International Thermonuclear Experimental Reactor
Prime Minister Narendra Modi has written a message to the scientific community of many nations on the historic occasion of the beginning of the ITER Assembly activities.
What is ITER Project?
- ITER is international nuclear fusion research and engineering megaproject, which will be the world’s largest magnetic confinement plasma physics experiment. The goal of ITER is to demonstrate the scientific and technological feasibility of fusion energy for peaceful use.
- It is an experimental tokamak nuclear fusion reactor that is being built next to the Cadarache facility in Saint-Paul-lès-Durance, in Provence, southern France.
- The project is funded and run by seven member entities—the European Union, India, Japan, China, Russia, South Korea and the United States.
- Construction of the ITER Tokamak complex started in 2013 and the building costs were over US$14 billion by June 2015.
- The EU, as host party for the ITER complex, is contributing about 45 per cent of the cost, with the other six parties contributing approximately 9 per cent each.
How does it work?
- Scientists have long sought to mimic the process of nuclear fusion that occurs inside the Sun, arguing that it could provide an almost limitless source of cheap, safe and clean electricity.
- Unlike in existing fission reactors, which split plutonium or uranium atoms, there is no risk of an uncontrolled chain reaction with fusion and it does not produce long-lived radioactive waste.
- The ITER aims to use a strong electric current to trap plasma inside a doughnut-shaped enclosure long enough for fusion to take place.
- Hydrogen plasma will be heated to 150 million degrees Celsius, ten times hotter than the core of the Sun, to enable the fusion reaction.
- The process happens in a doughnut-shaped reactor, called a tokamak 1, which is surrounded by giant magnets that confine and circulate the superheated, ionised plasma, away from the metal walls.
- The superconducting magnets must be cooled to -269°C (-398°F), as cold as interstellar space.
Contributions by India –
Apart from the financial contribution by Government of India, Indian scientists have made valuable contributions to the development and fabrication of the cryostat, the cooling system, the cryo-distribution system and several kilometres of cryolines.
What is ‘nuclear fusion’?
- Nuclear fusion is the process of making a single heavy nucleus (part of an atom) from two lighter nuclei.
- The nucleus made by fusion is heavier than either of the starting nuclei. It releases a large amount of energy.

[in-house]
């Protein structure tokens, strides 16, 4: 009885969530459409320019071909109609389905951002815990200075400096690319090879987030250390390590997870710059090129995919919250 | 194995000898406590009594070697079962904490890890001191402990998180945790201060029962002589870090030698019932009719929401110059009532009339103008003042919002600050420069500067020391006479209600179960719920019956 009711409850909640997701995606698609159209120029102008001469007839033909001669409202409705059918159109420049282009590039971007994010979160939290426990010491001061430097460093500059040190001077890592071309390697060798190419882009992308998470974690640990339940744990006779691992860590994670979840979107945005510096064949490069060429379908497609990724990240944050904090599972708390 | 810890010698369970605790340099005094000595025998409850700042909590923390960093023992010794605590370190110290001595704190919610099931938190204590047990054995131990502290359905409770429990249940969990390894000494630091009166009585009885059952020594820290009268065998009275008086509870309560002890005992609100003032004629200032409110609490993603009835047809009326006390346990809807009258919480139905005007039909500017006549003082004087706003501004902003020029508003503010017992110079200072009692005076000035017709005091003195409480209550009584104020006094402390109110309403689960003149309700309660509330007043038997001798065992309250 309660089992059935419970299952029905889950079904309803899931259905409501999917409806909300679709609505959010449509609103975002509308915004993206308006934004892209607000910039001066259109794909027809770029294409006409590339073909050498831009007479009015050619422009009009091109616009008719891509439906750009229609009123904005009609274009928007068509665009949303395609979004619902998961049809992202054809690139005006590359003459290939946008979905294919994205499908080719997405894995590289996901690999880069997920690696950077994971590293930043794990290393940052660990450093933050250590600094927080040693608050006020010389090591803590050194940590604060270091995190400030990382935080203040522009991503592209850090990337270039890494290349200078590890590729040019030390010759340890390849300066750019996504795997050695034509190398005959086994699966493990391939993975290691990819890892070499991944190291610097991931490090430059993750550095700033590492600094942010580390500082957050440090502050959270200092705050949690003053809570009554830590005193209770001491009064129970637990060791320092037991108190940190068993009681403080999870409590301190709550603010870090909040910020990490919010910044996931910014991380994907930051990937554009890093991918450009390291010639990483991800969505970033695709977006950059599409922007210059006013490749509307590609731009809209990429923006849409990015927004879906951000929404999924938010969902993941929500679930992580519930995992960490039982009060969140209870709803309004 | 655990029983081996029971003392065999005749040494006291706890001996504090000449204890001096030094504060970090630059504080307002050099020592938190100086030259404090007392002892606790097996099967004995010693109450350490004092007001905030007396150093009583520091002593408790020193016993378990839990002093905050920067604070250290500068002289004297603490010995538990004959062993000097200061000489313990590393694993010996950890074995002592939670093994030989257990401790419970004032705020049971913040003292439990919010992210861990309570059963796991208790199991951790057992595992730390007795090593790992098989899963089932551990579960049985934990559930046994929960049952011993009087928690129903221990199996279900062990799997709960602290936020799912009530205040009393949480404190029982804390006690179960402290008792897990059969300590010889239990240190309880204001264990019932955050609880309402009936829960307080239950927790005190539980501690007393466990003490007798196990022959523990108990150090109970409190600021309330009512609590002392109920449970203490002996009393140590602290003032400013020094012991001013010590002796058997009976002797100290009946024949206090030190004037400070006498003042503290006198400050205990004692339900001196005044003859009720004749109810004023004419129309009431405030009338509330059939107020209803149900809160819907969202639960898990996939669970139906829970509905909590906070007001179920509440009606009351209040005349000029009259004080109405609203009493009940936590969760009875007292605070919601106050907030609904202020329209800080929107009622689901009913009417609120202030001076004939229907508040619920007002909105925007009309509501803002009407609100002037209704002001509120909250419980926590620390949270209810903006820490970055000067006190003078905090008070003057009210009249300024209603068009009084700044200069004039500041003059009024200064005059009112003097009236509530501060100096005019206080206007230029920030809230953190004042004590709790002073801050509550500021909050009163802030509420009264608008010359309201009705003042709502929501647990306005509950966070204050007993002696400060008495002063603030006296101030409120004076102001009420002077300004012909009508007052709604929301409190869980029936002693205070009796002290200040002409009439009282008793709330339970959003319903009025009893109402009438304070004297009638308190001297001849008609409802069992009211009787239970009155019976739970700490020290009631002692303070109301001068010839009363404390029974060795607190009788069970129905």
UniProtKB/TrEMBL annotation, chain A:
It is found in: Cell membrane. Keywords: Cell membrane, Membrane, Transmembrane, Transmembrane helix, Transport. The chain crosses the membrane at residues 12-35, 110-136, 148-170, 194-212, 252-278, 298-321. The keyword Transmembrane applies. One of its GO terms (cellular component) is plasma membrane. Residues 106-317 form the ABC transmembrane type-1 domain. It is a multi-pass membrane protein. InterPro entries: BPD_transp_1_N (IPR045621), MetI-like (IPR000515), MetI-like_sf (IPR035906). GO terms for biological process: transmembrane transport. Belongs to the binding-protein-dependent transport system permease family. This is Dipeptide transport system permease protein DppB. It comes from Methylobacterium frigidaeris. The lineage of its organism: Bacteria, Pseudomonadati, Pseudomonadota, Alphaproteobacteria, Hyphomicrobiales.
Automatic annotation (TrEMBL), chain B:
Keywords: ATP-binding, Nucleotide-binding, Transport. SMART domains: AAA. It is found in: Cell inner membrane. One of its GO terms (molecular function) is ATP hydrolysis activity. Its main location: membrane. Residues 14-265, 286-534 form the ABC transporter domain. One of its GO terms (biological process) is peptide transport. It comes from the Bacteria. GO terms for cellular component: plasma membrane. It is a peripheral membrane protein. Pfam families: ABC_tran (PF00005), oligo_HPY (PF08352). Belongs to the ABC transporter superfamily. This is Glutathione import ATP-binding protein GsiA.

- Fusion is what powers the Sun. Atoms of Tritium and Deuterium (isotopes of hydrogen, Hydrogen-3 and Hydrogen-2, respectively) unite under extreme pressure and temperature to produce a neutron and a helium isotope. Along with this, an enormous amount of energy is released, which is several times the amount produced by fission.
- Scientists continue to work on controlling nuclear fusion in an effort to make a fusion reactor to produce electricity.
- While nuclear fission is the division of one atom into two (by neutron bombardment), the fusion is the combination of two lighter atoms into a larger one (at a very high temperature).
India Report on Digital Education, 2020
Union Minister for HRD has launched India Report on Digital Education, 2020. The report elaborates the innovative methods adopted by the Ministry of HRD, Education Department of States and Union Territories for ensuring accessible and inclusive education to children at home and reducing learning gaps.
Initiatives by Ministry of HRD –
Ministry of Human Resource Development has initiated many projects to assist teachers, scholars and students in their pursuit of learning like DIKSHA platform, Swayam Prabha TV Channel, Online MOOC courses, On Air – Shiksha Vani, DAISY by NIOS for differently-abled, e-PathShala, National Repository of Open Educational Resources (NROER) to develop e-content and energised books, telecast through TV channels, E-learning portals , webinars, chat groups, distribution of books and other digital initiatives along with State/ UT Governments.
Initiatives by State Governments/UTs –
- Some of the major digital initiatives by State Governments are SMILE (Social Media Interface for Learning Engagement) in Rajasthan, Project Home Classes in Jammu, Padhai Tunhar duvaar (Education at your doorstep) in Chhattisgarh, Unnayan Initiatives in Bihar through portal and mobile application, Mission Buniyaad in NCT of Delhi, Kerala’s own educational TV channel (Hi-Tech school programme), E-scholar portal as well as free online courses for teachers in Meghalaya. Telangana has online certificate programs for teachers on ‘Management of mental well-being during COVID’.